TAHLEQUAH, Okla. — The employment of Tahlequah City Administrator Edward Carr was terminated during a Sept. 3 City Council meeting, and records show the action was taken for "legal cause."
According to the termination letter written by Mayor Sue Catron, specific reasons for Carr's dismissal was lack of awareness about city finances and failure to follow the direction of the mayor and/or council.
Catron declined to comment when asked for specifics on what Carr did, or what orders did he not follow. She said that was between the city and Carr.
Other concerns were that Carr did not encumber funds as required by state law, and that he failed as a leader.
Catron was asked why, if Carr hadn't been encumbering properly, his lack of action had not be caught during the audit. She said that to encumber funds, money is earmarked for commitments so someone won't try to spend the same revenue multiple times.
"It puts a hold, if you will, on the budget in the amount of the obligation. So for instance, if the City Council approves repair to a street and they review bids and authorize the work to proceed, before work begins, an encumbrance for the full amount that has been approved should be entered," said Catron.
That would ensure there is a budget available and that the money won't accidentally be spent more than once as work proceeds.
Michael Green, who has performed the city's audit in previous years, presented the board with a 57-page report back in June. Green is a certified public accountant who was hired in January, and he found the city had violated deadline requirements. The state of Oklahoma requires an annual audit report to be filed within six months of the year's end.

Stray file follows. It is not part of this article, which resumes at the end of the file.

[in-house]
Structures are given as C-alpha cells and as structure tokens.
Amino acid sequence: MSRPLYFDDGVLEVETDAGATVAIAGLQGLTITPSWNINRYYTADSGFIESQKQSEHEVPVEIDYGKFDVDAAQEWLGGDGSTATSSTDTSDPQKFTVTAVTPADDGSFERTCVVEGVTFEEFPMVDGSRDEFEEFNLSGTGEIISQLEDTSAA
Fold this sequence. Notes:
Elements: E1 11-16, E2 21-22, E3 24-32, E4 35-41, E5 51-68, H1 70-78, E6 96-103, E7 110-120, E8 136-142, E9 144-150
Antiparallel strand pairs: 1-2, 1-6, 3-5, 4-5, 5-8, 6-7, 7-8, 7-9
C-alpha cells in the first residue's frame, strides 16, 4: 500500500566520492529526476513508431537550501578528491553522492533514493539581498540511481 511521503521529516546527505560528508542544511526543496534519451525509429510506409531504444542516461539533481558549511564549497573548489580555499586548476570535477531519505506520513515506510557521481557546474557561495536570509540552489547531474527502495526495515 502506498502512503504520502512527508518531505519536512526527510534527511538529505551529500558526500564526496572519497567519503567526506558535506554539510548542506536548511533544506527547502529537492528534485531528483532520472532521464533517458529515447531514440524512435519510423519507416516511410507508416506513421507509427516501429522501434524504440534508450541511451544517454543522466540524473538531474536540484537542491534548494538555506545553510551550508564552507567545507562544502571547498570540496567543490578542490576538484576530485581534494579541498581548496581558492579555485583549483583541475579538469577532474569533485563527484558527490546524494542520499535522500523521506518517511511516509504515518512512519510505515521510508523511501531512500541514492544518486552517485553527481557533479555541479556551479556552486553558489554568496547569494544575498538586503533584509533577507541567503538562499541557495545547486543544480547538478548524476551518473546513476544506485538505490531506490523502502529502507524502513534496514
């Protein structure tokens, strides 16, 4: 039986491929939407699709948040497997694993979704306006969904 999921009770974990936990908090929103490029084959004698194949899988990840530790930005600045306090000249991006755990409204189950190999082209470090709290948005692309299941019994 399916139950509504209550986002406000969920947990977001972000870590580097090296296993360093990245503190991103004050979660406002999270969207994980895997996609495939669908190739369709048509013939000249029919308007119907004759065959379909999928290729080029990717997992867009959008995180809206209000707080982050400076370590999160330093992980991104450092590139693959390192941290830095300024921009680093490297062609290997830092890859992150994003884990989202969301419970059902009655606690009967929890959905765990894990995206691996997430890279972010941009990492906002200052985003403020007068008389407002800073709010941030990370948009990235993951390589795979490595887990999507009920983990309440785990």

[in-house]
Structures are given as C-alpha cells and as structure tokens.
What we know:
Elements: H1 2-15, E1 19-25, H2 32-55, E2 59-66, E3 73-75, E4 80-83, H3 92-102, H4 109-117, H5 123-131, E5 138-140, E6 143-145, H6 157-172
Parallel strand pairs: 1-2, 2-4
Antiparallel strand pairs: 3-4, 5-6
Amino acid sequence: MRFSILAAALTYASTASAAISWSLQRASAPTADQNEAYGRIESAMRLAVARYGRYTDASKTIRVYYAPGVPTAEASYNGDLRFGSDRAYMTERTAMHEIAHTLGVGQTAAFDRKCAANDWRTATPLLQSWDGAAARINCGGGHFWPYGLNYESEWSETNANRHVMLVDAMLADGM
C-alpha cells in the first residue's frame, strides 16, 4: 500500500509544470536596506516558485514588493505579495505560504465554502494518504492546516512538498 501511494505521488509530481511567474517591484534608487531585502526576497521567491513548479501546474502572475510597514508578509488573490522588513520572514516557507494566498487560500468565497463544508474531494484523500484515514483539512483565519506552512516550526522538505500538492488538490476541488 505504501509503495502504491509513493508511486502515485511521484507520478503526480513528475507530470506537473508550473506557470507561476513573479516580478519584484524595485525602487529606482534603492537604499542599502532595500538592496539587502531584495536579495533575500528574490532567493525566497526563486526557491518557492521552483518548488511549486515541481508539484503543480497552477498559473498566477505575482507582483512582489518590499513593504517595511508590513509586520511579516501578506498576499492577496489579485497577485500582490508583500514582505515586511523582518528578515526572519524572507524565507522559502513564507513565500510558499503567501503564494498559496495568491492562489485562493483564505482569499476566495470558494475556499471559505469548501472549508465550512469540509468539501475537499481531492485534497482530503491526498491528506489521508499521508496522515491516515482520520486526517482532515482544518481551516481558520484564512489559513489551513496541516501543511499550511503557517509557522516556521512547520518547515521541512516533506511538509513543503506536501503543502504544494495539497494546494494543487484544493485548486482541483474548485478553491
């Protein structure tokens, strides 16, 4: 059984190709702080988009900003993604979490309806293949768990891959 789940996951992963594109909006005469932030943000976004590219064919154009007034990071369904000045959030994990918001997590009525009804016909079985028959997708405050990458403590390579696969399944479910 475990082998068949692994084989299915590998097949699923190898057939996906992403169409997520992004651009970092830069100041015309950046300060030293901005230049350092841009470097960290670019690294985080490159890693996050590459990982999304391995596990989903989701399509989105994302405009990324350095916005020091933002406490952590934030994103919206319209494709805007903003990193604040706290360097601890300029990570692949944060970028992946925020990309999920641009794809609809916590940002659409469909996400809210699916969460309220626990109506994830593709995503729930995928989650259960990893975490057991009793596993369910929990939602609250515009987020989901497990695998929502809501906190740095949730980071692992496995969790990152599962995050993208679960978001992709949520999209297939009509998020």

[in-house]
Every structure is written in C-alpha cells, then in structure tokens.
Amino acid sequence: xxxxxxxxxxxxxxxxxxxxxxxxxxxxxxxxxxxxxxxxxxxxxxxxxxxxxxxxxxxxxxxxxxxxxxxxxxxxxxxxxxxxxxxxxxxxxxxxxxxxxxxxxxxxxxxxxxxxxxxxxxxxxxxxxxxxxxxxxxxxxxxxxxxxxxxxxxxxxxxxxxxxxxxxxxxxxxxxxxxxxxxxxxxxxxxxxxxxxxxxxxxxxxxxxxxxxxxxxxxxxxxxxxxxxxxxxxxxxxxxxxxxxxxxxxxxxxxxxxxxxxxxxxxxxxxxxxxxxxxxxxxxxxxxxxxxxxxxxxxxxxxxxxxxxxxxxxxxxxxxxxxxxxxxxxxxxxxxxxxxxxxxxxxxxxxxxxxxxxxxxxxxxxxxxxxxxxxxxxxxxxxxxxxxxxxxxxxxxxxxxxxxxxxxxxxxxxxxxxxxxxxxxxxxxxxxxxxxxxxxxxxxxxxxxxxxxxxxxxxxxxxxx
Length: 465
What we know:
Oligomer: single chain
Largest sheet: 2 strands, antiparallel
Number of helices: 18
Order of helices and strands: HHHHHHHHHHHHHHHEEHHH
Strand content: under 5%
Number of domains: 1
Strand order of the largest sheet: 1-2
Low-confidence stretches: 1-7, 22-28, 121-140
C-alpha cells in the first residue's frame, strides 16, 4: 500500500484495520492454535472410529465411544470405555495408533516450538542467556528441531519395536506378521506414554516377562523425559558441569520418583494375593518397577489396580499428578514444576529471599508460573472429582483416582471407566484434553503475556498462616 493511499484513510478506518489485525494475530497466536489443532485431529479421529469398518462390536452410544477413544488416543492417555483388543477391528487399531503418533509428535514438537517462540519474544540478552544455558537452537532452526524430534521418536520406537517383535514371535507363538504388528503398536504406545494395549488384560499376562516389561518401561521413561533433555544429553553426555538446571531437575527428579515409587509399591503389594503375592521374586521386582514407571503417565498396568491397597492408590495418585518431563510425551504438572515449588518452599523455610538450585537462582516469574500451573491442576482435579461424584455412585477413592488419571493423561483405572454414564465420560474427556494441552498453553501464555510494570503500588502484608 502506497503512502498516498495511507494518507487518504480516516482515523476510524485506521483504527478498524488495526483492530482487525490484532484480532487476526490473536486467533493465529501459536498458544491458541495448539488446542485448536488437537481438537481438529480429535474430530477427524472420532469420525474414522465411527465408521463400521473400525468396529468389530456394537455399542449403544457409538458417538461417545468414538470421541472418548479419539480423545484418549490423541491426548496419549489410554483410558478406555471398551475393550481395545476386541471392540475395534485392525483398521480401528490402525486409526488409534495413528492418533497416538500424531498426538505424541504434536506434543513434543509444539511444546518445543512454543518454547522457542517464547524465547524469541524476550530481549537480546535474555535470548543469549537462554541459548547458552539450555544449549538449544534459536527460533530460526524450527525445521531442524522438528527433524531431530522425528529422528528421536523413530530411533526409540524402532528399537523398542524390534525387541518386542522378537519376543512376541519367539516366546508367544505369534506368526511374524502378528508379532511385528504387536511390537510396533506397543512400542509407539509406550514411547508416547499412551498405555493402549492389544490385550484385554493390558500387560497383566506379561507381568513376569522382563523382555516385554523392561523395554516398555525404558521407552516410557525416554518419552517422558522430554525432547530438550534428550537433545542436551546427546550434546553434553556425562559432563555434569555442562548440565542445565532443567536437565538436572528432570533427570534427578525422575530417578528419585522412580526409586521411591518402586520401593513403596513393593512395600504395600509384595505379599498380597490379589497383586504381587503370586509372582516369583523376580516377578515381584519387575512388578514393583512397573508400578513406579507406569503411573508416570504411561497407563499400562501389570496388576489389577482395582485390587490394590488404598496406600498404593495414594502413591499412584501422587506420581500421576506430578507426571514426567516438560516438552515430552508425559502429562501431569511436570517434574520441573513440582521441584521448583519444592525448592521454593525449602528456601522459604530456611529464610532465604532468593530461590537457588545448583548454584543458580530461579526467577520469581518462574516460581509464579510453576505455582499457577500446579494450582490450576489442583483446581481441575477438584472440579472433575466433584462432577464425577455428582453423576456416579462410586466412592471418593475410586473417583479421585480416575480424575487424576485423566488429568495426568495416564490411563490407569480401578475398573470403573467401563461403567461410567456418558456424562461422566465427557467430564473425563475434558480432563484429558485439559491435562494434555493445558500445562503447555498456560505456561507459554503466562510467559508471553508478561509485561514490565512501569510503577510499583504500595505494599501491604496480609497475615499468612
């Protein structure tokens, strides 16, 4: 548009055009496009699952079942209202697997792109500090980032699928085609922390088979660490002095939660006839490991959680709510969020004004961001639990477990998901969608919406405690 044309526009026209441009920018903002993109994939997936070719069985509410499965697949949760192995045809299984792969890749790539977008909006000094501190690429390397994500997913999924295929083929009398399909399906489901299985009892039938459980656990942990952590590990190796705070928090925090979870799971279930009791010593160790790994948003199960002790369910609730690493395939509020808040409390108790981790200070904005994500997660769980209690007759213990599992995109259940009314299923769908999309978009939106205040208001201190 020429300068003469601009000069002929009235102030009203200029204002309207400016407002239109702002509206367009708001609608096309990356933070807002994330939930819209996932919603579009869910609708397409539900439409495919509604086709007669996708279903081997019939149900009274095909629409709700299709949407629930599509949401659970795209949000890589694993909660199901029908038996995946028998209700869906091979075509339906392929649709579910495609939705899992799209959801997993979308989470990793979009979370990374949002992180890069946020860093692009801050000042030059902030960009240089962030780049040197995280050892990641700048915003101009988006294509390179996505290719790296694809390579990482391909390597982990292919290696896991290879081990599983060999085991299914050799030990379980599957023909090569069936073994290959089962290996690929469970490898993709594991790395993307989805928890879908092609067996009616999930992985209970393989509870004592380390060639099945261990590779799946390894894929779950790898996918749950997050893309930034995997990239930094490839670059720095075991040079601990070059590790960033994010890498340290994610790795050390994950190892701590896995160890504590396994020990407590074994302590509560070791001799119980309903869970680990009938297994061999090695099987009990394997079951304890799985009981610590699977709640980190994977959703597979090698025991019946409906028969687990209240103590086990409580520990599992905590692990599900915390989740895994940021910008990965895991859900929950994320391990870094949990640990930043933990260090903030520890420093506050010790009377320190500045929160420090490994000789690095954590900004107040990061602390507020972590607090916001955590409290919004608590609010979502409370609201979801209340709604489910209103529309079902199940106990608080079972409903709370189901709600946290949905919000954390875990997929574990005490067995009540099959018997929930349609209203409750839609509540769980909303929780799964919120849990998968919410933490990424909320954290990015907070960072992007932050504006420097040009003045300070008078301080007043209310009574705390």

However, Green also said he did not see any discrepancies that would make him believe the numbers were not presented fairly.
"This is a clean audited opinion, so there were no material misstatements in here," he said.
The mayor said the auditor assesses the level of risk for misstatement and designs tests of specific transactions to determine if there are concerns.
"To test for a systemic failure to encumber, the auditor would typically select some samples from invoices paid after the end of the fiscal year and check to see if they are properly encumbered prior to the end of the year," said Catron.
During an Aug. 20 City Council meeting, the board agreed to hire Arledge & Associates to conduct a forensic review and analyze the city's financial records, and to conduct an audit for fiscal year 2019-2020.
"I do not know how large the audit sample related to encumbrances may have been or whether non-material errors were found," said the mayor.
She said the city's Purchasing Department has written procedures regarding encumbering money. The language hasn't been updated since 2007, but the requirements and process have not changed significantly, she said.
In August, Carr was placed on paid administrative leave until the City Council reviewed his employment contract, which included an annual salary of $117,000 plus benefits.
As of now, City Finance Director Danya Curtis is still on paid leave while an investigation into the city's finances is conducted.